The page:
The Basics of Non-Destructive Material Testing – Part 1
Hailey Kupiec posted on June 15, 2016 |
Radiographic testing, Ultrasonic testing and magnetic particle inspection.
Ultrasonic testing of a pipeline weld

Ultrasonic testing of a pipeline weld

Non-destructive testing methods test mechanical and other properties without permanently altering the subject, which saves time and money in product evaluation.

There are many companies that sell non-destructive machines to test material properties but they rarely explain how their methods work. Eng-Tips Forums member “afronova” posted the question, “Are there any good sites that inform about destructive and non-destructive material testing techniques?”

Well, afronova, there is now.

And so begins a three-part series on nine methods of non-destructive material testing. In part one, we discuss radiographic testing, ultrasonic testing and magnetic particle inspection. 

1. RT - Radiographic Testing

Radiographic testing is often used to inspect assembled components and to find flaws in complex structures. It uses short wavelength electromagnetic radiation in the form of high-energy photons to penetrate materials and inspect for hidden flaws. Neutron radiographic testing uses neutrons in the place of photons.

Neutron radiation can pass easily through lead or steel but is stopped by plastics, water and oils. When radiation directed through the material hits a defect, it scatters. Variations in the radiation exiting the opposite side of the material thus allow quality professionals to identify the location of defects as well as determine the thickness and composition of the material.

Radiographic testing of a welded joint
Radiographic testing of a welded joint

2. UT - Ultrasonic Testing

Ultrasonic testing is used to detect defects in materials of any shape or type so long as they have smooth surfaces. Ultrasonic testing uses a transducer connected to a diagnostic machine to send vibrations/sound waves through a material. The apparatus is passed over the object being inspected. This often requires the use of a couplant (like oil or water) to connect the transducer and the object, which decreases inaccuracies and false readings in the results.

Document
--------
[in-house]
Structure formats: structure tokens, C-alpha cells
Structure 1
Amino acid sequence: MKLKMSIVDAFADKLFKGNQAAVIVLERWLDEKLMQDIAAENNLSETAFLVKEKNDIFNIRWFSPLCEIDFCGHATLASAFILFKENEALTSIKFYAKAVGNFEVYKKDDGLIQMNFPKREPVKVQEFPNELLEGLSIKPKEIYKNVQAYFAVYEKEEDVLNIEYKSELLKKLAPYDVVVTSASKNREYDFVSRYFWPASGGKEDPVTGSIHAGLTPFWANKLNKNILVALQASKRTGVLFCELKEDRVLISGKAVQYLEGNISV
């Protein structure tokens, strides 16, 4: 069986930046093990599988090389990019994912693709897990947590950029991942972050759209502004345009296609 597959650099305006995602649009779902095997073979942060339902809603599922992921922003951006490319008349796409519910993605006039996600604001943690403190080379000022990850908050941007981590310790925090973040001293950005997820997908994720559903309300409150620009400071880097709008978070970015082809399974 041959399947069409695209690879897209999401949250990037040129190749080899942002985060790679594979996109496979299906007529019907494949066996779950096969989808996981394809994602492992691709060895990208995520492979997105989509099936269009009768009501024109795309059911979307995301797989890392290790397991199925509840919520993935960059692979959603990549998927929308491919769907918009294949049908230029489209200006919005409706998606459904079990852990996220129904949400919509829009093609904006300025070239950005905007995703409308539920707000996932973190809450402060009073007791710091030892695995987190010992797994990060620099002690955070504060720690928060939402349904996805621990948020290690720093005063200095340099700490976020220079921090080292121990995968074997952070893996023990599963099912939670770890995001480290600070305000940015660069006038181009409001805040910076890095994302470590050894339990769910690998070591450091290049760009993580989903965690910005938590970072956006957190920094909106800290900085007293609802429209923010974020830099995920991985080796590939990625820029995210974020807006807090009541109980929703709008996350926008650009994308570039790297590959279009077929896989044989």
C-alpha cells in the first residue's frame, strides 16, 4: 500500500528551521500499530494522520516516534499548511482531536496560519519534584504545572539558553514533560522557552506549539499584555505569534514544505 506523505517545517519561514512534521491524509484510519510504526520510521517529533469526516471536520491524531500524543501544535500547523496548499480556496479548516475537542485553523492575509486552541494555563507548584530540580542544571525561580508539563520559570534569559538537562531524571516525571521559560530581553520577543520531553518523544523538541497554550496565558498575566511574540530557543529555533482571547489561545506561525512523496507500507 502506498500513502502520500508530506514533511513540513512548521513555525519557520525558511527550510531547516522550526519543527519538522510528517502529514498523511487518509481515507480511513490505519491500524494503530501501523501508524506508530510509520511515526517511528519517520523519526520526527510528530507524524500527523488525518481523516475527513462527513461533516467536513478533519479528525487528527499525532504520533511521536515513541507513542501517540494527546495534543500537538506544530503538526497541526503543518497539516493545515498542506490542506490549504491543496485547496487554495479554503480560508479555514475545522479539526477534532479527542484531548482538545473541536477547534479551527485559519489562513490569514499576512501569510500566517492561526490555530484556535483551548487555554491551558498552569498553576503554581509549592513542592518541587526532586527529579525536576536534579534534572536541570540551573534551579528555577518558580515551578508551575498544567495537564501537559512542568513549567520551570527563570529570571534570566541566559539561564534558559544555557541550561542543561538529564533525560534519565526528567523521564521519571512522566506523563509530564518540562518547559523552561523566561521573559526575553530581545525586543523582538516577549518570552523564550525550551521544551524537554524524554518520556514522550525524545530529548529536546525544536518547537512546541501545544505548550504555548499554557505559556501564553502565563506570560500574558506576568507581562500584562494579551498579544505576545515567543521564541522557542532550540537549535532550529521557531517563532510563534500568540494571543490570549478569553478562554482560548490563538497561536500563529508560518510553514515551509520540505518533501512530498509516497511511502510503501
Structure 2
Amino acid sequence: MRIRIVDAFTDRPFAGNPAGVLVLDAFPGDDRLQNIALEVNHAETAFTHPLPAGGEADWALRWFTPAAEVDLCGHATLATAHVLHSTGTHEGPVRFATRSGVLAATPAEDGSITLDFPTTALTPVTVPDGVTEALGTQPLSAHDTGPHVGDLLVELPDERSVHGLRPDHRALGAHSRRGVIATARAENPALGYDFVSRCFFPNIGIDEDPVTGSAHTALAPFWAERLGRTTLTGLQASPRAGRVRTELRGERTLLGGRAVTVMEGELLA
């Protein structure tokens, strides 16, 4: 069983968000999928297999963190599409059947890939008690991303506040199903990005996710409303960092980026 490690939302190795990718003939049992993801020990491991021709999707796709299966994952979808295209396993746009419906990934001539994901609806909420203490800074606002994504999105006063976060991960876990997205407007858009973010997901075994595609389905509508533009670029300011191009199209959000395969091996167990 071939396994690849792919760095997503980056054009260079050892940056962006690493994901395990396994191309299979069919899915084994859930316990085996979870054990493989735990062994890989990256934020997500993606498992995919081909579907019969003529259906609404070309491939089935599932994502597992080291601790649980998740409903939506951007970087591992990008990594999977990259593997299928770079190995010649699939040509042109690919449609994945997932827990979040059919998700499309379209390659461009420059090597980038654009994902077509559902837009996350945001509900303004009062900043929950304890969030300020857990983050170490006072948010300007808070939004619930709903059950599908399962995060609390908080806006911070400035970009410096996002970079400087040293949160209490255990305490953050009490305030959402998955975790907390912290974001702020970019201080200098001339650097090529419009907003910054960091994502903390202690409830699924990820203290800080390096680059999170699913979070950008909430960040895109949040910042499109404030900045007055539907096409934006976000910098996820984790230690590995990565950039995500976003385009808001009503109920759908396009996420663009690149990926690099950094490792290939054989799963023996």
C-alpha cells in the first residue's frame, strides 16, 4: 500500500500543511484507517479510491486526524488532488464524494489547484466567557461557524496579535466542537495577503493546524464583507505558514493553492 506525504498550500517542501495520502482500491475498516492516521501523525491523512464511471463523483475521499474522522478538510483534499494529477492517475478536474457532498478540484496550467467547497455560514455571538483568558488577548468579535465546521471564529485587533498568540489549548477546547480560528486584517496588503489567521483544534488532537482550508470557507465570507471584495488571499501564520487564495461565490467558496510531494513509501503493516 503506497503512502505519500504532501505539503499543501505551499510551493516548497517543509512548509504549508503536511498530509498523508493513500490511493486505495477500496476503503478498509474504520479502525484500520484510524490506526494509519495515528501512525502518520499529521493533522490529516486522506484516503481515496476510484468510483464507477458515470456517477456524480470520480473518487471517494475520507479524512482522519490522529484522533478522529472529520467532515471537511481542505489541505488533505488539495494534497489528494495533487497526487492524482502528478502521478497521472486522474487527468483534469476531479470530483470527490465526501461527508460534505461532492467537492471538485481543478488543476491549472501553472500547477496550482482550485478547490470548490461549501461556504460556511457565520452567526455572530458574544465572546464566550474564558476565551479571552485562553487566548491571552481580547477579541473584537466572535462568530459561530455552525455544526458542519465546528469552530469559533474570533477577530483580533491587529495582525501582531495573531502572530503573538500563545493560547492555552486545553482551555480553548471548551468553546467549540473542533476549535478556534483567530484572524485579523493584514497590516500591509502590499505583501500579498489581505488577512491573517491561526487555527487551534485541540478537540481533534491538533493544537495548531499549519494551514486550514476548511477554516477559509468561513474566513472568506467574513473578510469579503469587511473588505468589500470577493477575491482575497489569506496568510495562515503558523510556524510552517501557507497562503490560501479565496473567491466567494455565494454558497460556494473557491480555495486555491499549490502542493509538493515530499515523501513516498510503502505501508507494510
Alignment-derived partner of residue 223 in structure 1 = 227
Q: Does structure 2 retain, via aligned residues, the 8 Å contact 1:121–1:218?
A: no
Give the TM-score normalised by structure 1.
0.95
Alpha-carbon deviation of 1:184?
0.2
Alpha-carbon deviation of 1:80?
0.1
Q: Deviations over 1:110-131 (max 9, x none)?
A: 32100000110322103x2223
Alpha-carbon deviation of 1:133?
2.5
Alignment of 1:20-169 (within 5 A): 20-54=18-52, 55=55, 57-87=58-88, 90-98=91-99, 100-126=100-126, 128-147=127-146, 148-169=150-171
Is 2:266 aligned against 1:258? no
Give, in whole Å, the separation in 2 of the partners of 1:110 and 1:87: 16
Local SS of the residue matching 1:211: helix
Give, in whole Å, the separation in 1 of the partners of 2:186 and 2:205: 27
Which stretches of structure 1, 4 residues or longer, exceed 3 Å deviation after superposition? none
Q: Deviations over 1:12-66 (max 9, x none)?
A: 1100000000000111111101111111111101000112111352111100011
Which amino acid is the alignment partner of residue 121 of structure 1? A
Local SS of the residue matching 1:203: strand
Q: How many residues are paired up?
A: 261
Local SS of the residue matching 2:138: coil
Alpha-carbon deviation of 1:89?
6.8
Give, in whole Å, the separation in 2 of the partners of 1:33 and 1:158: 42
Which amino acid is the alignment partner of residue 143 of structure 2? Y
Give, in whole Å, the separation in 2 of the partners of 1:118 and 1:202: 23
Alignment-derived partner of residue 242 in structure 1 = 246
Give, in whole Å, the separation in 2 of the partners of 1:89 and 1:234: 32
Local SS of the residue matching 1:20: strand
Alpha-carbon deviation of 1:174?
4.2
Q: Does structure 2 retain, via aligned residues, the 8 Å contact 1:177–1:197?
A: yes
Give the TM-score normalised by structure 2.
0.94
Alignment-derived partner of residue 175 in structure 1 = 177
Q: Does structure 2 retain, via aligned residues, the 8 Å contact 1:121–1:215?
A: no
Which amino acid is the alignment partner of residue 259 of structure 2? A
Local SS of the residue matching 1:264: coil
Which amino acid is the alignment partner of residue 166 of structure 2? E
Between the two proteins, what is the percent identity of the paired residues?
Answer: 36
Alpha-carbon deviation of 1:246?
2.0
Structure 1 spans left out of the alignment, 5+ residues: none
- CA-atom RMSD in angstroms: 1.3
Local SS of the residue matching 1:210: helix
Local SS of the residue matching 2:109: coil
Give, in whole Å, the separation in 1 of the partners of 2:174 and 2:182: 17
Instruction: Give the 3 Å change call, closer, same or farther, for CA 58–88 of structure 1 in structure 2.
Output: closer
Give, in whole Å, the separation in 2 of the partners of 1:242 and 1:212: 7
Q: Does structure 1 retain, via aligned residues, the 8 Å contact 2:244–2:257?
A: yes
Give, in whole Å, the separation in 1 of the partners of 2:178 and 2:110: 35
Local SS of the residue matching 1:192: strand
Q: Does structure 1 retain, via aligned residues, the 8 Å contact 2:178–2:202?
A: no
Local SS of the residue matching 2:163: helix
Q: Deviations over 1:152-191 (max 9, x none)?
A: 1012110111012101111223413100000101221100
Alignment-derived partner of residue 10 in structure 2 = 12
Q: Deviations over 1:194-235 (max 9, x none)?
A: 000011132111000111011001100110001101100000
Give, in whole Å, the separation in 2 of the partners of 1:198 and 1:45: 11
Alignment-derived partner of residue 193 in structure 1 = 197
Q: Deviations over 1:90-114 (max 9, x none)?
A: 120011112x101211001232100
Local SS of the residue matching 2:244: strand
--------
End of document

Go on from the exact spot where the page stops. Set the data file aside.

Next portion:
There are two methods of receiving the signal. First is ‘reflection’, where the transducer can both send and receive the signal. The other is ‘attenuation’, where the transmitter sends ultrasound through one surface and a separate receiver detects the amount that reaches the other side through the medium. Any decrease in the sound detected is caused by defects.

3. MPI - Magnetic Particle Inspection

Magnetic particle inspection is commonly used outdoors and at remote locations for detecting surface and subsurface defects. It is based on the concept of magnetic flux leakage. Magnetic flux leakage occurs when an additional north and south pole are created by a crack in a magnet. At the crack, the magnetic field bulges to form a ‘leakage’.

Iron particles concentrated along magnetic field lines

Iron particles concentrated along magnetic field lines

In magnetic particle inspection, a part is magnetized either directly or indirectly. Direct magnetization occurs when an electric current is passed through the test object and a magnetic field forms in the material. Indirect magnetization does not involve a current applied to the material but occurs when a magnetic field is applied from an outside source.

Since iron particles concentrate along magnetic field lines, when they are applied to the magnetized part they will cluster around a leakage.   

The above three methods have different uses and require different amounts of training to complete but all will leave your part just as you found it.

In part two we discuss dye penetrant inspection, eddy current testing and thermographic inspection. In part three we discuss leak testing, guided wave testing and visual testing.

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